We traveled with a carry-on backpack each, while our daughter had her Trunki trolley (a ride-on suitcase for kids that can only be slung over the shoulders). I also carried a small Vaude Albert messenger bag for my SLR camera, lenses, passport and wallet. It’s my daily bag that I carry everywhere with me; it is comfortable, light and has a surprisingly big capacity.
Alberto tried out the Kathmandu Transfer 28L Travel Pack for the first time on the trip and he loved it. His favorite feature is the detachable cabin pod that nests into the top compartment of the pack and holds all the things he needs in-flight: headphones, earplugs, eye mask, passport, and pen. The pack also has a harness with cool mesh panel and tuck-away hip belt, which makes it comfortable to carry around and even bring on a hike.
I traveled with the Kathmandu Federate Adapt Women’s Pack but found it quite heavy to carry. It’s an interesting “three pack sizes in one”: transforming from a 50 litre check-in pack to a 38 litre carry-on bag, to a 28 litre day pack. I love that it has lots of zipped compartments, a laptop pocket and even removable packing cells. My usual backpack is the Osprey Woman’s Aura AG 50, but it’s too big to be used as a carry-on and I prefer traveling with carry-on only these days.
I cannot emphasise how important and handy packing cubes are for any type of trip. They’re one of the reasons why we manage to pack so efficiently. They also help us keep our gear organised (separate clean and dirty clothing) and make full use of the limited space we have in our carry-on backpacks.
My favorite packing cubes are the Eagle Creek Pack-It Specter Compression Cubes. I’ve tried other standard packing cubes, but these ones from Eagle Creek are much more durable as they’re made of a stretchable and ultra lightweight material called Silnylon. I can pack a lot more gear into these cubes than the hard ones.
Breathable, Earth-Toned Clothing
Yes. There’s a reason why everyone wears earth tone clothing on safari. They help you to blend in to the natural environment. Wearing neon pink leggings or a bright yellow shirt might scare off the animals, especially if you’re on a walking safari.
It’s also good to look for clothing made of breathable, lightweight material, as it can get pretty hot even during winter in Africa. We traveled southern Africa during their winter time; while it was chilly in the mornings and evenings, it was warm and sunny most of the time and our breathable clothing were perfect for that kind of weather.
Another important reason to wear earth-toned clothing is the tsetse fly. These lethal insects can be found in some parts of East Africa, are drawn to blue and black clothing. They can often bite through your clothes, and can be really painful. The tsetse fly has been linked with a disease called sleeping sickness.
Here’s an example of breathable, earth-toned shirts that are great for an African safari.
Long (Zip-Off) Pants
Regardless of which time of the year you’re traveling, you’ll need to pack long pants as they’ll protect your skin from mosquito bites and sun exposure. I recommend bringing zip-off pants i.e. pants that can be converted into shorts when the weather gets too warm. I wore long pants every morning, but would zip them off to shorts around noon when the temperature started rising.
It can be uncomfortable wearing long sleeves in hot weather, but they are useful to prevent scrapes and bites. I recommend opting for light and breathable long-sleeved shirts that are designed for trekking. If you’re doing walking safari (especially when gorilla trekking in Uganda/Rwanda), then definitely add that to your list.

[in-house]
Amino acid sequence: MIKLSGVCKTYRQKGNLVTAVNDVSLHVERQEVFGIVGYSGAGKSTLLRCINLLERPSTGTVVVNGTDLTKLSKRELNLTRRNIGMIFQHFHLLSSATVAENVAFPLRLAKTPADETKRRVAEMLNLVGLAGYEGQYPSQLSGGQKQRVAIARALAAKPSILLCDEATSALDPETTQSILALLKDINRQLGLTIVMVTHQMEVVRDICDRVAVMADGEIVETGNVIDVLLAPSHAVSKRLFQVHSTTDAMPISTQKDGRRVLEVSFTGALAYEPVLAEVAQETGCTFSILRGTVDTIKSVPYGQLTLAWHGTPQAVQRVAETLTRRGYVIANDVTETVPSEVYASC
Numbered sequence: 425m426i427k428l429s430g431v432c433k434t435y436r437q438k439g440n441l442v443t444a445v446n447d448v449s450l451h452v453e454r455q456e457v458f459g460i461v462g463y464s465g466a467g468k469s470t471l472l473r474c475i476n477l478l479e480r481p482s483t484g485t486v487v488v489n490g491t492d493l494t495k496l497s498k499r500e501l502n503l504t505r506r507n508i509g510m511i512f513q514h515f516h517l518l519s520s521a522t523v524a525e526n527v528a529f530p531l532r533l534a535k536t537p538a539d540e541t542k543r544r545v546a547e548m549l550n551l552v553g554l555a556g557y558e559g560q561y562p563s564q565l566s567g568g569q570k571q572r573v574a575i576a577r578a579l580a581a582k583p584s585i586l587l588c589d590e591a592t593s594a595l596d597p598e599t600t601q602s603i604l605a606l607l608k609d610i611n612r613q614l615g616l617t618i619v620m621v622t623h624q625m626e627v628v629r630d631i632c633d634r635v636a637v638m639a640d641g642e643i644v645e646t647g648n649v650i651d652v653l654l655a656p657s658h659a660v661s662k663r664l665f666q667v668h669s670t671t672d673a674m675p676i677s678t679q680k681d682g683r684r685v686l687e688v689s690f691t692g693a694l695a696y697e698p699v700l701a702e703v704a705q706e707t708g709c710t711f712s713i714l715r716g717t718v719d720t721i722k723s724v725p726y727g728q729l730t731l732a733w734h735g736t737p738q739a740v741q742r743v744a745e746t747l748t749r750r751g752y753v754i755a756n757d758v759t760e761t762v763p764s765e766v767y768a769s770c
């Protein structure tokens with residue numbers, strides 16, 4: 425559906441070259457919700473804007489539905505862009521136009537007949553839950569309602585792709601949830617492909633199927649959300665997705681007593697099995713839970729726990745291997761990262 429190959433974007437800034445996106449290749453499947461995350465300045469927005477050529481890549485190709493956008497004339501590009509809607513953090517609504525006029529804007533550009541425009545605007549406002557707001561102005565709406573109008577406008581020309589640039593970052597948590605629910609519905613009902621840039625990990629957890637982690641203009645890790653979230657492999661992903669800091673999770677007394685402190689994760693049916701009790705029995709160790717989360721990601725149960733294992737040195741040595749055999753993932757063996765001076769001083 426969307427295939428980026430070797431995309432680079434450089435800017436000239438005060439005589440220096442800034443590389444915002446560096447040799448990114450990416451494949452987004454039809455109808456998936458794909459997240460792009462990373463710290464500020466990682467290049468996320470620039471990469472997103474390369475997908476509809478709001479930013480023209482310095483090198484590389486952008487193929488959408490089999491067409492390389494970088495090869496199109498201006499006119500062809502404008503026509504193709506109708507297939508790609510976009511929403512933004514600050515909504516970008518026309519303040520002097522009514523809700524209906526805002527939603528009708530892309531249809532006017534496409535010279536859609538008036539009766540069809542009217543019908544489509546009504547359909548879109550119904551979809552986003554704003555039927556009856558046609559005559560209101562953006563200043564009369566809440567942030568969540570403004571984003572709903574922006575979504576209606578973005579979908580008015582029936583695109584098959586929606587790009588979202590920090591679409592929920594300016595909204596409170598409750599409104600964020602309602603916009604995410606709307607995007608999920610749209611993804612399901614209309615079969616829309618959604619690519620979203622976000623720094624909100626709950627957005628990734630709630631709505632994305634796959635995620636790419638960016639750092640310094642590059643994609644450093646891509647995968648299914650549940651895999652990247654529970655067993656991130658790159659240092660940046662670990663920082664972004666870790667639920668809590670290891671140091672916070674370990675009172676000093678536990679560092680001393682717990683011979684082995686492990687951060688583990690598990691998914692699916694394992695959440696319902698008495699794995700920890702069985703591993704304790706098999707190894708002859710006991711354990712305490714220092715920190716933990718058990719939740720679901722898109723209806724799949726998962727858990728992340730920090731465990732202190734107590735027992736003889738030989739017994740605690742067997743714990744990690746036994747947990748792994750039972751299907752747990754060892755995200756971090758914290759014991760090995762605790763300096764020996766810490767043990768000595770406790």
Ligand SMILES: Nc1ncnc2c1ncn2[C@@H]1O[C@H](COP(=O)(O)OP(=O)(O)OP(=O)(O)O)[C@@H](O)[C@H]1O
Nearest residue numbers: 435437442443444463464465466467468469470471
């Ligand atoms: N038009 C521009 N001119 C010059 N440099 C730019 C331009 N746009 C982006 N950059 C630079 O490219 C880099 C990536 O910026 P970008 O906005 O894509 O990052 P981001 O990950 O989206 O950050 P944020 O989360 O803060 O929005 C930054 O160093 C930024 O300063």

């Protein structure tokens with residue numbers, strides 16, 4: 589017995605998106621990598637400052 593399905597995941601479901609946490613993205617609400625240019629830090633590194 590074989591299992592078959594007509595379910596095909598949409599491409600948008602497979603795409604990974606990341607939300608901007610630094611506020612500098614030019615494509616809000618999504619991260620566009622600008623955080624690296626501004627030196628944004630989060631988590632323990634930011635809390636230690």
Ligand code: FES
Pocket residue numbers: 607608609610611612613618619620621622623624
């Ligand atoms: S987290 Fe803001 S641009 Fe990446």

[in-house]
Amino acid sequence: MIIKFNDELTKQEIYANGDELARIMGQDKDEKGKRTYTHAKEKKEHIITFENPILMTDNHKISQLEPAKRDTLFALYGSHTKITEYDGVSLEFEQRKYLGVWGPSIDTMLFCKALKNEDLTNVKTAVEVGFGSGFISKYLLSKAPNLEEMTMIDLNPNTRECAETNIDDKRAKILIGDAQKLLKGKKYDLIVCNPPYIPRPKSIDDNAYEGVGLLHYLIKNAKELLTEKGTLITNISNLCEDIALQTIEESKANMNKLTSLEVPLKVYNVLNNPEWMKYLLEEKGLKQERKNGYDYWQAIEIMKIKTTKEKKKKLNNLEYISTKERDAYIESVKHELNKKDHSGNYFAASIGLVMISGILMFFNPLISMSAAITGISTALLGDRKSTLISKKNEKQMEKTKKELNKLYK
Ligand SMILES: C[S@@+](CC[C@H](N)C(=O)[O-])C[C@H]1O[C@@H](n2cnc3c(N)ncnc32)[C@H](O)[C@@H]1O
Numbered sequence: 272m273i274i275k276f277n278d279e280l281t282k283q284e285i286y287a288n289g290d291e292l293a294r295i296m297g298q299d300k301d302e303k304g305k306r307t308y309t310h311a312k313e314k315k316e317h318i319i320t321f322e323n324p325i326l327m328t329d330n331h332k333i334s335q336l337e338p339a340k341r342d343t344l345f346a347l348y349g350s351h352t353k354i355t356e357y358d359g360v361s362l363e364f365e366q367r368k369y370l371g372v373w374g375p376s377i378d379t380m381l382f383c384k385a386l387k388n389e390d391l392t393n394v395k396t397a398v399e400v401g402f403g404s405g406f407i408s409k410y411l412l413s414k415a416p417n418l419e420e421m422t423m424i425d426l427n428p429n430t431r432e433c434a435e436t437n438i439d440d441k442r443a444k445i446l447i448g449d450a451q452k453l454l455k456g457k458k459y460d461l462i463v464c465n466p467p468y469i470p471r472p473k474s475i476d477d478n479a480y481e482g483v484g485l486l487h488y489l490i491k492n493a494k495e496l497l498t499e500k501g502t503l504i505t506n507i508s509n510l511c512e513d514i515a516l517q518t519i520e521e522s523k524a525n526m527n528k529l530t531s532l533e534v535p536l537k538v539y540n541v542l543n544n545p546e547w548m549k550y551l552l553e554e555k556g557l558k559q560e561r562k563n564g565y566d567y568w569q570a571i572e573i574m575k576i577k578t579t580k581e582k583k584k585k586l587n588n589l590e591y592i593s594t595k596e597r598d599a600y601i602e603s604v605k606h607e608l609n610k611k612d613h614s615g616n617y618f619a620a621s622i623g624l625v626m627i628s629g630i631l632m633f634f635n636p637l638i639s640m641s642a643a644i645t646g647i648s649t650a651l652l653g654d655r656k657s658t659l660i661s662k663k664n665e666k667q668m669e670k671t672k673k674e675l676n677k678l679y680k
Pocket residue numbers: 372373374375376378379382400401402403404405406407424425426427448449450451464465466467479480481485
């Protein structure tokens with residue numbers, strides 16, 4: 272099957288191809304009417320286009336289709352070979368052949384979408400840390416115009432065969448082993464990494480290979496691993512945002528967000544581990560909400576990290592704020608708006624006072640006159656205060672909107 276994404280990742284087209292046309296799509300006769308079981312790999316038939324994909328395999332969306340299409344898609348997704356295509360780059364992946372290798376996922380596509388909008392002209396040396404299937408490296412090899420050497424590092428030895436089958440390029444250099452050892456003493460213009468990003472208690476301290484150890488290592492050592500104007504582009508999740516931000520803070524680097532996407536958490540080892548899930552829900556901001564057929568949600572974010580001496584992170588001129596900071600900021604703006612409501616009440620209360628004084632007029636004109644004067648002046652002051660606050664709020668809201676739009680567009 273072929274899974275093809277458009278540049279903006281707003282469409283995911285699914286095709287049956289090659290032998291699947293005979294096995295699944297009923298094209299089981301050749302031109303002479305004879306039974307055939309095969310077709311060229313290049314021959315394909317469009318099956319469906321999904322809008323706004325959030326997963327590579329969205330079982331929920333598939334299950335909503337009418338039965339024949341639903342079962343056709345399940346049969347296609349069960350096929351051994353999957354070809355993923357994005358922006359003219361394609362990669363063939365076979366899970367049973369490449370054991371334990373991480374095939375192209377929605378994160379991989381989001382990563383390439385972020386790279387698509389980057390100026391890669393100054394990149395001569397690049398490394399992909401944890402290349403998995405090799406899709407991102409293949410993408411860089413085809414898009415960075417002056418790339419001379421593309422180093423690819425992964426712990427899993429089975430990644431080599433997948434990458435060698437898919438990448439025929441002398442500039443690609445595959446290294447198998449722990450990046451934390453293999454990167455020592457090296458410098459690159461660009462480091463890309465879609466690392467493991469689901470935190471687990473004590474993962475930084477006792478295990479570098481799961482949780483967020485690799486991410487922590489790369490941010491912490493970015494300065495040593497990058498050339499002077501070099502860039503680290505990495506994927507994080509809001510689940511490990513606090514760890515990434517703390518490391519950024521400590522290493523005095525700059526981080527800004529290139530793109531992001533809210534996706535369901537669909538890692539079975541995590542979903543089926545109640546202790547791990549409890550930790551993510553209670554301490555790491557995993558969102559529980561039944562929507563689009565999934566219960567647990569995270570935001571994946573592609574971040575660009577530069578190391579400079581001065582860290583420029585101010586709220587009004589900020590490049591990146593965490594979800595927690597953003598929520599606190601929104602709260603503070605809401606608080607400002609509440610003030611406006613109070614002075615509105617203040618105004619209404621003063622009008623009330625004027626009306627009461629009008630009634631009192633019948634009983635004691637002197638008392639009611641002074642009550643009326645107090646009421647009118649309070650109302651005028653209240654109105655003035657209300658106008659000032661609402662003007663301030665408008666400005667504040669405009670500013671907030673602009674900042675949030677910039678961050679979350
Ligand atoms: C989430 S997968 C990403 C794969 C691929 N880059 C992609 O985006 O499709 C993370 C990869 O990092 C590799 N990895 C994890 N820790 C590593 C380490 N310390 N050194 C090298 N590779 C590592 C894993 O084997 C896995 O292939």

We both like Columbia’s convertible pants , which have the same style/design for both men and women. They are lightweight, comfortable, and easy to pack. Kaleya practically lived in her convertible pants throughout the whole trip.
Again, no matter when you’re traveling, you’ll need a light waterproof jacket for chilly mornings/evenings or rain. We were traveling in winter time, so a good waterproof jacket definitely was essential. I had my usual soft shell waterproof jacket that’s worked really well in mild winter conditions. Alberto packed his Kathmandu ultralight stretch down jacket, which was awesome for this weather. Plus it’s super lightweight and breathable, so it was fine even in the warm afternoons.
Keep in mind that most safari jeeps are completely open-roofed (i.e. no windows or cover), so it can get really chilly during morning and evening game drives. Plus you’ll be guaranteed to get wet when it rains, so make sure your jacket is waterproof.
You won’t find credit card machines in the African bush, so make sure you get enough cash in the city before you head into the savanna. While some lodges accept credit cards, you’ll likely need some cash when visiting villages or buying souvenirs. You’ll also need cash to tip your guides and porters.
Safari Clothes for Adults
- One light jacket
- One fleece
- Three pairs safari pants (one of them zip-off)
- One pair shorts
- One long-sleeve shirts (light, breathable)
- Four short-sleeve shirts
- One dress (for nice dinners)
- A set of pyjamas
- A pair of hiking boots
- A pair of sandals (or Keens)
- Sports bra (for women)
- Three pairs of socks
- Sun hat
Safari Clothes for Kids
- One down jacket (for cold winter nights)
- One light jacket
- Two fleece
- Three pairs zip-off safari pants
- One pair shorts
- Four short-sleeve shirts (quick dry)
- Two sets of pyjamas
- A pair of hiking boots (or walking shoes)
- A pair of sandals
- Three pairs of socks
- Sun hat
- Vaccination certificate (especially yellow fever)
- Paracetamol for both adults and kids
- Anti-histamine for allergic reactions
- Anti-diarrhoea pills for food poisoning
- Anti-malaria pills (if you’re traveling in malaria risk areas)
- Cough drops
- Kids’ daily vitamins
- Portable power bank (to charge devices in lodges without electricity)
- International plug converter
- Chargers and charging cables
- iPad, Kindle or books for long car rides
- Standard toiletries
- Insect repellant with DEET
- Snacks for kids (yogurt and puree pouches)
- Wet wipes
- Head torch or flashlight